Breeze

Moonlight beamed through my open window, first through the bug screen, then through the dreamcatcher. A midsummer’s wind tilted the charm first to the left, then back to the right and left again. Mom made it at some camp decades ago when she was in her childhood and later wanted me to have it.

I couldn’t give it up. Not after, well, you know.

I tried not to look at it. It gave me the creeps. Mom said nightmares were too big to pass through and remained trapped until morning where they would die in the sunrise. Was that true? Dreamcatchers were supposed to degrade, but that camp gave the kids lasting materials. So old, and I wondered how many nightmares remained soaked in the net.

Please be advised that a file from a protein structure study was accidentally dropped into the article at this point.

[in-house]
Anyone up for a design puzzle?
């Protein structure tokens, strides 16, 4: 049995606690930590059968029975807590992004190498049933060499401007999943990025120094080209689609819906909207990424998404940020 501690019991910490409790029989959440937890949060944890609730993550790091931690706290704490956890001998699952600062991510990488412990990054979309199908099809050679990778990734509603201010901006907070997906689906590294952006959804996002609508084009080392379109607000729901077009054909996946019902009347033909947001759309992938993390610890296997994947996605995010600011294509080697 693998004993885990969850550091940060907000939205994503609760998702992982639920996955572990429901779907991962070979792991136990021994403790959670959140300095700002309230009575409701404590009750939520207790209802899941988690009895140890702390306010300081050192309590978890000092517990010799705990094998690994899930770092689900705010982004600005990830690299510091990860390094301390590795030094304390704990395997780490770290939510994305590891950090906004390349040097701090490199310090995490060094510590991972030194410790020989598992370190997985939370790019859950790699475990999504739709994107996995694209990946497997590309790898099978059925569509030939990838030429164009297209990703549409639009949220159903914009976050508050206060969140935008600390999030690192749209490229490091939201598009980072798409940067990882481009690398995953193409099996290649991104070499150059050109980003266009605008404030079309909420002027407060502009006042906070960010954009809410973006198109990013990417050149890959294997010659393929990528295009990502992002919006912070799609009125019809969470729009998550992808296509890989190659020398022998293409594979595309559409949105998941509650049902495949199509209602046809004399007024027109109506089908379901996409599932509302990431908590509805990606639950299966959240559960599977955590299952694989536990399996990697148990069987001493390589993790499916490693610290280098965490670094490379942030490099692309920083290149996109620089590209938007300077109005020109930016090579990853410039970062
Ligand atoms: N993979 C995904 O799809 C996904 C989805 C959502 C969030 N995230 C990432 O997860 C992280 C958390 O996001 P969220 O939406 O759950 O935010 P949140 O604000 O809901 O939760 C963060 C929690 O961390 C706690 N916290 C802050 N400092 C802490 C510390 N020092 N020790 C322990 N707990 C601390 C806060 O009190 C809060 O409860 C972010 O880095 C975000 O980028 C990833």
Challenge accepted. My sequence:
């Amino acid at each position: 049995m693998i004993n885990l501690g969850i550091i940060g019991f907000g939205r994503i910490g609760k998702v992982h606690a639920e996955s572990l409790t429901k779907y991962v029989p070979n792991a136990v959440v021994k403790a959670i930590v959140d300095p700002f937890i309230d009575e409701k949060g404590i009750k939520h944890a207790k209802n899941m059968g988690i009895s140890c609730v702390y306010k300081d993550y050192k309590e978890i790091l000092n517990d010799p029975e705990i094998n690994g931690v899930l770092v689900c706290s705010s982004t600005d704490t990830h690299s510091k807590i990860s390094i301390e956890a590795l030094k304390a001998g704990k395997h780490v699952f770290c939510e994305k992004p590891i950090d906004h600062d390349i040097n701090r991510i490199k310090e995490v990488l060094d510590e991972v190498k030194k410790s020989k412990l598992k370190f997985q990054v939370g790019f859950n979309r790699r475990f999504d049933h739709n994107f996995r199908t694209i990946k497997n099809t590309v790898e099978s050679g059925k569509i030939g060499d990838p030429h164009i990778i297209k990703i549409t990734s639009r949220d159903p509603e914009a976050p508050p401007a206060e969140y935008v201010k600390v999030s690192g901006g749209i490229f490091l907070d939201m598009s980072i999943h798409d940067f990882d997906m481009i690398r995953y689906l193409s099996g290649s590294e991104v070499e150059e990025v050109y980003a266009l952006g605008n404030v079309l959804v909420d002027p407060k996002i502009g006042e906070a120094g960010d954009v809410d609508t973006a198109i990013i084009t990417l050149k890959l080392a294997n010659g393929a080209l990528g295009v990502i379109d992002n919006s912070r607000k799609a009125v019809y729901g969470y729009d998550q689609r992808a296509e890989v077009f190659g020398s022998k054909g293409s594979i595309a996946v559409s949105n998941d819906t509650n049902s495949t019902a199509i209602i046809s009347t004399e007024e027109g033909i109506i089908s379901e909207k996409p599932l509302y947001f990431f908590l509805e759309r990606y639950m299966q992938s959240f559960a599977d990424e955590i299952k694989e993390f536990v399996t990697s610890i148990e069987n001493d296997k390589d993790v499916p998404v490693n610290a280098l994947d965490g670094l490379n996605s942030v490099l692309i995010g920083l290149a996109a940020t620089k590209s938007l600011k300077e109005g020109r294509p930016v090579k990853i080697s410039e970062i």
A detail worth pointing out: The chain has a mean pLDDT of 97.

I tried not to look at it, instead rolling to one side and pulling blankets over my head. It was stifling beneath, but I couldn’t keep staring into that well of nightmares. So long it soaked. No magic, only a child’s toy made years ago at camp.

I saw its shadow even from beneath the blankets. I peered over, and the charm tilted left, then right, then left again.

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